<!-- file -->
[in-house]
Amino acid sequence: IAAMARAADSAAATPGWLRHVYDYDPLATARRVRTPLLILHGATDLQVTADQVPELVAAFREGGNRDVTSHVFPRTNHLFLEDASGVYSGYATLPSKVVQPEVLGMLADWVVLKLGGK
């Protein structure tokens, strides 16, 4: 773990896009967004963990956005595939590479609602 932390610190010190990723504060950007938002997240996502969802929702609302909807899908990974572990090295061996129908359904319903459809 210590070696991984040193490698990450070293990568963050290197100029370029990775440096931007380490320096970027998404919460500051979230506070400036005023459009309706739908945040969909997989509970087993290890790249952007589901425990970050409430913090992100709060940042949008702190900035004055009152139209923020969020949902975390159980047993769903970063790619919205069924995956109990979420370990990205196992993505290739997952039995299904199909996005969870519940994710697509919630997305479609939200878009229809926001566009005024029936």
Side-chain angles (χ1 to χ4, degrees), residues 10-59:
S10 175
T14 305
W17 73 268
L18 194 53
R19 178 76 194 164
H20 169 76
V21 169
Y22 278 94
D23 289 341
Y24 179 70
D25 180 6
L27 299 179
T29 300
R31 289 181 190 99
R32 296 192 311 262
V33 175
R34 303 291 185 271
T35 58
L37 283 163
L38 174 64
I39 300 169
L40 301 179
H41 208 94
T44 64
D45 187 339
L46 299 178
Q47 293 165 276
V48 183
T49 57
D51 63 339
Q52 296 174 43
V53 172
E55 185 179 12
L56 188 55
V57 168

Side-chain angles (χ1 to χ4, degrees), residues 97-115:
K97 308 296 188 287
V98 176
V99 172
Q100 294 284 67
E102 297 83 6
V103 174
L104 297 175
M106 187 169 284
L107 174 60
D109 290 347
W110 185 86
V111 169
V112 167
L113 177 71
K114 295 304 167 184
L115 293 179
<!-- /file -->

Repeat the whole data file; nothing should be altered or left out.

[in-house]
Amino acid sequence: IAAMARAADSAAATPGWLRHVYDYDPLATARRVRTPLLILHGATDLQVTADQVPELVAAFREGGNRDVTSHVFPRTNHLFLEDASGVYSGYATLPSKVVQPEVLGMLADWVVLKLGGK
């Protein structure tokens, strides 16, 4: 773990896009967004963990956005595939590479609602 932390610190010190990723504060950007938002997240996502969802929702609302909807899908990974572990090295061996129908359904319903459809 210590070696991984040193490698990450070293990568963050290197100029370029990775440096931007380490320096970027998404919460500051979230506070400036005023459009309706739908945040969909997989509970087993290890790249952007589901425990970050409430913090992100709060940042949008702190900035004055009152139209923020969020949902975390159980047993769903970063790619919205069924995956109990979420370990990205196992993505290739997952039995299904199909996005969870519940994710697509919630997305479609939200878009229809926001566009005024029936």
Side-chain angles (χ1 to χ4, degrees), residues 10-59:
S10 175
T14 305
W17 73 268
L18 194 53
R19 178 76 194 164
H20 169 76
V21 169
Y22 278 94
D23 289 341
Y24 179 70
D25 180 6
L27 299 179
T29 300
R31 289 181 190 99
R32 296 192 311 262
V33 175
R34 303 291 185 271
T35 58
L37 283 163
L38 174 64
I39 300 169
L40 301 179
H41 208 94
T44 64
D45 187 339
L46 299 178
Q47 293 165 276
V48 183
T49 57
D51 63 339
Q52 296 174 43
V53 172
E55 185 179 12
L56 188 55
V57 168

Side-chain angles (χ1 to χ4, degrees), residues 97-115:
K97 308 296 188 287
V98 176
V99 172
Q100 294 284 67
E102 297 83 6
V103 174
L104 297 175
M106 187 169 284
L107 174 60
D109 290 347
W110 185 86
V111 169
V112 167
L113 177 71
K114 295 304 167 184
L115 293 179